Anyway I have to say I felt slightly better about my mothering skills the other day, when I set eyes on this picture. I may bark, bite and occasionally smack my kids, but at least I’m not subjecting them to this type of beauty pageant child abuse. I ask you, what sort of self obsessed mother does this to her child? It’s freakish, warped and quite frankly creepy.

In comparison to these ‘eyes on the prize’ mothers,  I’m practically Maria Von Trap, with a little Mary Poppins thrown in for free.


4 thoughts on “Is it possible to parent without Prozac?

  1. Great article – that really is how motherhood feels at times! We are halfway through the Summer holidays here and I am wondering if we will make it through to September!! Three meal times a day, constant requests for information, doll dressing, cake making, toy making, play doh, monopoly and any mention of needing to go to Tesco for food to eat is met with such hostility and resorts to me bribing them with magazines etc!!!
    The joys, at least its a comfort to know others feel the same!!

    Hope you well, love reading your blog.

    Kind Regards

    1. Hi Gina
      Thanks for reading.. I’m sure lots of mothers feel this way, but don’t want to say that sometimes they could happily shut their kids in a broom cupboard for a few hours just to get some peace! I’m always greeted with a miserable face when I take my 8 year old shopping, but like I point out to her, she likes to eat the food too! My 3 year old still enjoys the experience, well he did this morning. Something perhaps to do with the entire pack of pancakes he ate on the way round!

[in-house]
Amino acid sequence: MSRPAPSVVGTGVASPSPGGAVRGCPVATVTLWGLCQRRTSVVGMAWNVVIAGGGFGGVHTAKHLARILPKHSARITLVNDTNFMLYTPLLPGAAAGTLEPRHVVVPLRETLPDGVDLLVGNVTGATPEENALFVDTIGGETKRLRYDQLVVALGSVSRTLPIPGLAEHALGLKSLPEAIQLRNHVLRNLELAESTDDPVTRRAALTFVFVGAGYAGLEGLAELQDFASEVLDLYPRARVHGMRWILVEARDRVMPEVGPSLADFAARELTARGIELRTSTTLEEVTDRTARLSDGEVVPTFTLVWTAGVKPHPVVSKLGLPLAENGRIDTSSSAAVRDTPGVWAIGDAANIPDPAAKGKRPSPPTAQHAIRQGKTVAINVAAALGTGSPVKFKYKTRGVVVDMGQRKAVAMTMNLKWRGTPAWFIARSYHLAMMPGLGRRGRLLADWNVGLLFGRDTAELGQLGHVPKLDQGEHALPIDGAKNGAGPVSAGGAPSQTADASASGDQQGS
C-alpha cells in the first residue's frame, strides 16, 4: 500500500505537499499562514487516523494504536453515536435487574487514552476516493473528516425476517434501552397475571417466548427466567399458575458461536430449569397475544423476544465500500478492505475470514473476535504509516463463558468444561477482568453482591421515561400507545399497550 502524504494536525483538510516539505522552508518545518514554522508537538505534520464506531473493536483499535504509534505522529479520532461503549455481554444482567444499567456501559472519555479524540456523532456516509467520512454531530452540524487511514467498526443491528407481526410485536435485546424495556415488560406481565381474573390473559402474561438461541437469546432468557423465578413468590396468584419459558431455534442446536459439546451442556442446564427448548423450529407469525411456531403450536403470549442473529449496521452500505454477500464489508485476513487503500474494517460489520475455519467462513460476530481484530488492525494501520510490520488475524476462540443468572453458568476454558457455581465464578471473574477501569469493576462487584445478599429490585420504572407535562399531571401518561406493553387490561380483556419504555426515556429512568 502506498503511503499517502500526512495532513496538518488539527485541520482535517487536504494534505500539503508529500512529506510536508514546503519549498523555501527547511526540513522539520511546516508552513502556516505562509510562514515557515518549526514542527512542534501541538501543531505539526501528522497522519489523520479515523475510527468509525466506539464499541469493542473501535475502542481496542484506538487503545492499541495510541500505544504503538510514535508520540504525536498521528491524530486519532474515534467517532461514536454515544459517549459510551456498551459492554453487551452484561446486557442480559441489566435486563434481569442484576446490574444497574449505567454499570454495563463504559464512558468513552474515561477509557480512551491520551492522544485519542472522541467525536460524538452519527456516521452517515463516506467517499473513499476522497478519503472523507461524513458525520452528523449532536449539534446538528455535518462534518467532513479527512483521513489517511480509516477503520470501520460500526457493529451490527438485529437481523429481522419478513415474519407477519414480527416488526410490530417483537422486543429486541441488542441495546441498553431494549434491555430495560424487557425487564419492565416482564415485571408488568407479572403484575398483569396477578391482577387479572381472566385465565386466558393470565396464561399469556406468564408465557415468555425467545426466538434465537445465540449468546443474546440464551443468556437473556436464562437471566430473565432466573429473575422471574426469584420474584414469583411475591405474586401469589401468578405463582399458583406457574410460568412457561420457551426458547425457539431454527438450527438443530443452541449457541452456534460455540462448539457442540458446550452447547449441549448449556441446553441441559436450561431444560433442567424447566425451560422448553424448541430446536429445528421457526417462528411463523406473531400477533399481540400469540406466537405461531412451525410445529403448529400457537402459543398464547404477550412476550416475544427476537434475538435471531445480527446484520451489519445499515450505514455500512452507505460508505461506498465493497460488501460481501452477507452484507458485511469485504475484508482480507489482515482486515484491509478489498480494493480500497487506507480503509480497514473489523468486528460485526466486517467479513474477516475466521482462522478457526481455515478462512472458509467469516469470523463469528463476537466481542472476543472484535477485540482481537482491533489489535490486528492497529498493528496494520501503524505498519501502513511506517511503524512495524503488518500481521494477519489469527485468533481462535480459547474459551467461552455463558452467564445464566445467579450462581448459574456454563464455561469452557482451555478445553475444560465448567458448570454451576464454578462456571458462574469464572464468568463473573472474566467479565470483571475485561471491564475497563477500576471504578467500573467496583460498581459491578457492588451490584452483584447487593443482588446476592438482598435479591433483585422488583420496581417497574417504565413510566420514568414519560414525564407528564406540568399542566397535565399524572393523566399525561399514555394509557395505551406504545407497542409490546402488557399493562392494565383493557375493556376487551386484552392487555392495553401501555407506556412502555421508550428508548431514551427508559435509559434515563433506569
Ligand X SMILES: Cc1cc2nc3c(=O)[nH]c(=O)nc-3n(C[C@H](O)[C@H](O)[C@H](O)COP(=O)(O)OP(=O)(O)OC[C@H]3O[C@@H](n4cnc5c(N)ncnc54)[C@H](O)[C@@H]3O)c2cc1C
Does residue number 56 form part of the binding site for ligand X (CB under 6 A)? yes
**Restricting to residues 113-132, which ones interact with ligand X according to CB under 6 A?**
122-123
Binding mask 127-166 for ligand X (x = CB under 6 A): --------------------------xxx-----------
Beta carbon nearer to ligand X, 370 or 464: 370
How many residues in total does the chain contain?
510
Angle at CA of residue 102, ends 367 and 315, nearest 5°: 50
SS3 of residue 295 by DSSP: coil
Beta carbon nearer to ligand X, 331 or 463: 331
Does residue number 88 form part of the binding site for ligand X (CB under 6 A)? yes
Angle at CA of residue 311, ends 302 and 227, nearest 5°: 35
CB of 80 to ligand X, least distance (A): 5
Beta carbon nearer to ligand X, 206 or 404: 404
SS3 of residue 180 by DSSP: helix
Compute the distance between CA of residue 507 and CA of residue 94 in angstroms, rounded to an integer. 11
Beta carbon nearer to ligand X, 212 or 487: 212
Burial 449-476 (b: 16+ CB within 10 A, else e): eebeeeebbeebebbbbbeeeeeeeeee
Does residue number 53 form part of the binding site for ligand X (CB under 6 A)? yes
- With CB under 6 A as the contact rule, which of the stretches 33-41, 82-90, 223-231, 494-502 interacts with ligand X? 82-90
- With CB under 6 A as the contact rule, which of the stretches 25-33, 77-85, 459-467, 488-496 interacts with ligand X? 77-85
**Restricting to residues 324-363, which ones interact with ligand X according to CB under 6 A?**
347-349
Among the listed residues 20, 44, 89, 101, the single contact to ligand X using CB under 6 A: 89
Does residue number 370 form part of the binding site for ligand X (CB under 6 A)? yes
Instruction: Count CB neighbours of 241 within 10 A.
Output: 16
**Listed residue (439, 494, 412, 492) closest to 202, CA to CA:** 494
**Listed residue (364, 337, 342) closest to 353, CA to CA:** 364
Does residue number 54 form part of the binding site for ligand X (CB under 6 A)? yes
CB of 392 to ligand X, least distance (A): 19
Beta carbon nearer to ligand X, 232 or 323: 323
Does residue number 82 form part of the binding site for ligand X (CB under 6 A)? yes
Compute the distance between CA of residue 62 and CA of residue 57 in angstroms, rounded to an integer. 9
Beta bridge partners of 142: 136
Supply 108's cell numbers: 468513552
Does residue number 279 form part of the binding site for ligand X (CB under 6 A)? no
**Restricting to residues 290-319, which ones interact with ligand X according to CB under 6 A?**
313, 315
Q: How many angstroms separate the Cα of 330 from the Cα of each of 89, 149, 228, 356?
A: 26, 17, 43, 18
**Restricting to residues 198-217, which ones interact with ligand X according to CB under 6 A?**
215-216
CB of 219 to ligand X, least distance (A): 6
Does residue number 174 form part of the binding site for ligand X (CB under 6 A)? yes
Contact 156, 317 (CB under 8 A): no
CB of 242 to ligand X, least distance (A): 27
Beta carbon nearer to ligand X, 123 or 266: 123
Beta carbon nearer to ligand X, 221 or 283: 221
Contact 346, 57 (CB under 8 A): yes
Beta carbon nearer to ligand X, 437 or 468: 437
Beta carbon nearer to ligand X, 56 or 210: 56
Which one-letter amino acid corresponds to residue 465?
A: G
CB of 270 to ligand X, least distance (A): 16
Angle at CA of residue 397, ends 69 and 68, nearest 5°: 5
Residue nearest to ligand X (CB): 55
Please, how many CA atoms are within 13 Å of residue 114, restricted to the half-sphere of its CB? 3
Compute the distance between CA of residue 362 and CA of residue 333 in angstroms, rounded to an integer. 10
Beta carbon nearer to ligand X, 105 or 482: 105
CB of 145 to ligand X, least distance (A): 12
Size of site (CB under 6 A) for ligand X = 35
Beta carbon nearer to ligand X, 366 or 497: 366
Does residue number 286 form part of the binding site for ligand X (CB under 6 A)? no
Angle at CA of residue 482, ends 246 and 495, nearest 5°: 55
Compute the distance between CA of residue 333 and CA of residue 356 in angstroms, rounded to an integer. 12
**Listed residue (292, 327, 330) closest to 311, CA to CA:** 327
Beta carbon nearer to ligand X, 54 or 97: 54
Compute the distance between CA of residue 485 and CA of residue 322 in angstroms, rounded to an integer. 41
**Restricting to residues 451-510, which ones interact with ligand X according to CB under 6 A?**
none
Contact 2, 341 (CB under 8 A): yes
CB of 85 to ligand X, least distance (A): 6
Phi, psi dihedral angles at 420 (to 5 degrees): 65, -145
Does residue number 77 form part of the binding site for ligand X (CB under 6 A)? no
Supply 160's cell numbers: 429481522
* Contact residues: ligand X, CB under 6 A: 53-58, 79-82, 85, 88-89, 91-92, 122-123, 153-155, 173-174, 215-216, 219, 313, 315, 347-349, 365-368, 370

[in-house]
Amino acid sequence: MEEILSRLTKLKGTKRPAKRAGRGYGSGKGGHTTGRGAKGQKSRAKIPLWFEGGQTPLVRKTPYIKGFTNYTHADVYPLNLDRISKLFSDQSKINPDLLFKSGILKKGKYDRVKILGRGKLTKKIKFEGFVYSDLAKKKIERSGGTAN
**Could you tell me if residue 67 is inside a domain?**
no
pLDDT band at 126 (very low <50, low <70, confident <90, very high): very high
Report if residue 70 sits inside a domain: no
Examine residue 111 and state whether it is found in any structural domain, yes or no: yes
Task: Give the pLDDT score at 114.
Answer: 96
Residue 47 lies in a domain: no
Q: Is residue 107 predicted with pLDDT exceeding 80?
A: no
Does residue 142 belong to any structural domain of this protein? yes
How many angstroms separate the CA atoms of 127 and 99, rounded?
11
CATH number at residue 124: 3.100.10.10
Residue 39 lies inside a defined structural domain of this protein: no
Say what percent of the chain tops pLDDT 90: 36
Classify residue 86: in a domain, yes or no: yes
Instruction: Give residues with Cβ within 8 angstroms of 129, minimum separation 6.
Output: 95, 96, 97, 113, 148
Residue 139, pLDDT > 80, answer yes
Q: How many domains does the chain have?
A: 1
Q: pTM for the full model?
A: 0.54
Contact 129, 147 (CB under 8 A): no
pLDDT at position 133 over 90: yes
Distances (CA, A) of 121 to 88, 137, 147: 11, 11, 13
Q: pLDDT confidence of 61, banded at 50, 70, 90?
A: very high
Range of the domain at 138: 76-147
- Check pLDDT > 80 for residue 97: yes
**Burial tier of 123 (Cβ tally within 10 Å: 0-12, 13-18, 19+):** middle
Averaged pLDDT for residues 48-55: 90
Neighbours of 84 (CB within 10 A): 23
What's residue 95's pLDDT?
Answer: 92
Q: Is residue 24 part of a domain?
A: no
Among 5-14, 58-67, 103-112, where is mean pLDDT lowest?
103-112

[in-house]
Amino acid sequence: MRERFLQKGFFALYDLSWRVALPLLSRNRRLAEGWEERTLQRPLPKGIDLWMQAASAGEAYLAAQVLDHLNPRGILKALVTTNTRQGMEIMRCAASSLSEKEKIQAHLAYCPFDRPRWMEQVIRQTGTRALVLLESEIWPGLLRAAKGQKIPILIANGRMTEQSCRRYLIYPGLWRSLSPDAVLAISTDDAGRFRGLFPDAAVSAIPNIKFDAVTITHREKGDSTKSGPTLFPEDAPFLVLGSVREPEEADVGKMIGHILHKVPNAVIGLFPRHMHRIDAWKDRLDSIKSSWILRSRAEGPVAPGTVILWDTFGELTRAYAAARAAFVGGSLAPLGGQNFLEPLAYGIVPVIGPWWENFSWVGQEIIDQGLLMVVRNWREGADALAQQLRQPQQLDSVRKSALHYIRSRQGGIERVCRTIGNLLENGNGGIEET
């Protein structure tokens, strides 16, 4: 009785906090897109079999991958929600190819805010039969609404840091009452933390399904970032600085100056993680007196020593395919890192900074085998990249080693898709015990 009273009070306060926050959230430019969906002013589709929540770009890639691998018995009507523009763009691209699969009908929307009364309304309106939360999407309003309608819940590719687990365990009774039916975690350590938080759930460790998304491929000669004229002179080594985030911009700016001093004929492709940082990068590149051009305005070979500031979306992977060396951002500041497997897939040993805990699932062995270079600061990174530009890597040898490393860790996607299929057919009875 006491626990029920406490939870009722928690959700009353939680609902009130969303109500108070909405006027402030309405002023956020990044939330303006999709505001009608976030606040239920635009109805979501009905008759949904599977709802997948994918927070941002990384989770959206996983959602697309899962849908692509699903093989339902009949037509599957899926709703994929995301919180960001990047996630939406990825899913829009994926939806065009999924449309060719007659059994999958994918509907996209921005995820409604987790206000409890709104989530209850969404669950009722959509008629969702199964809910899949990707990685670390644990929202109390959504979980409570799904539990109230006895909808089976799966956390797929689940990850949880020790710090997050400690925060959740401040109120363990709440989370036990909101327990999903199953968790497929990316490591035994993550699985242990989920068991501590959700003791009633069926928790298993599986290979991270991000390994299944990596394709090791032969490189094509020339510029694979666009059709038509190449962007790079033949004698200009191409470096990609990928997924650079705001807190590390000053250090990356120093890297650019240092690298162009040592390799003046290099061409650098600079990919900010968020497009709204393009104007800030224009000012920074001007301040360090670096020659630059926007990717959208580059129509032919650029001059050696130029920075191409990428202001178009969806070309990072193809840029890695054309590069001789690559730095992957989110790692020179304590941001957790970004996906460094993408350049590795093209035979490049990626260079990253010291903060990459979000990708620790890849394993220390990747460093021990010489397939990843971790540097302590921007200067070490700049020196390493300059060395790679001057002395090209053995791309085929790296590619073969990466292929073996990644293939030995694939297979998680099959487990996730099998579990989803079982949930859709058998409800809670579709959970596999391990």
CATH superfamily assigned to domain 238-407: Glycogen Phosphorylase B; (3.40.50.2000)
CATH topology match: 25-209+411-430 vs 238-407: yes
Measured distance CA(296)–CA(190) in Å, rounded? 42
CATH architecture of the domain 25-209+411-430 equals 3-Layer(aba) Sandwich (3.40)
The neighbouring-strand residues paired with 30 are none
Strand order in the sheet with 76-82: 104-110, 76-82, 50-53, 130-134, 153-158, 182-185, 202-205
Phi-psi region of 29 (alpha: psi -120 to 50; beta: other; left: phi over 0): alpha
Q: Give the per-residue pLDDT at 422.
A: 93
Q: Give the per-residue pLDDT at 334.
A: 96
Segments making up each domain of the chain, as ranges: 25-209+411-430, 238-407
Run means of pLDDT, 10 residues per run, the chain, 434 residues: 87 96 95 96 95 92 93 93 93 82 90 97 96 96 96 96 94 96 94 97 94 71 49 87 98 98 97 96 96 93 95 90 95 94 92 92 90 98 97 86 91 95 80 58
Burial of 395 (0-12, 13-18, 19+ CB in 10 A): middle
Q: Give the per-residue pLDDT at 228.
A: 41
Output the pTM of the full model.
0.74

2. Some of the things sound very familiar 🙂 Great article, I liked it.
    And yes, I have to agree: Wouln’t it be nice if you could just turn off the button or switch to “nice-and-quiet” -mode? (And I am pretty sure, my kid sometimes wishes to do the same: Mommy in the “she plays endlessly, feeds me junk, lets me stay-up-late and happy” -mode.)
    But what also has to be considered: isn’t it also important to be authentic? To be the happy, smiling mommy-robot isn’t. They learn to deal with other peoples’ emotions that way, they learn that other people are just human beings as well.
    Well, your blog goes straight into my feedreader and I am looking forward to read more from you!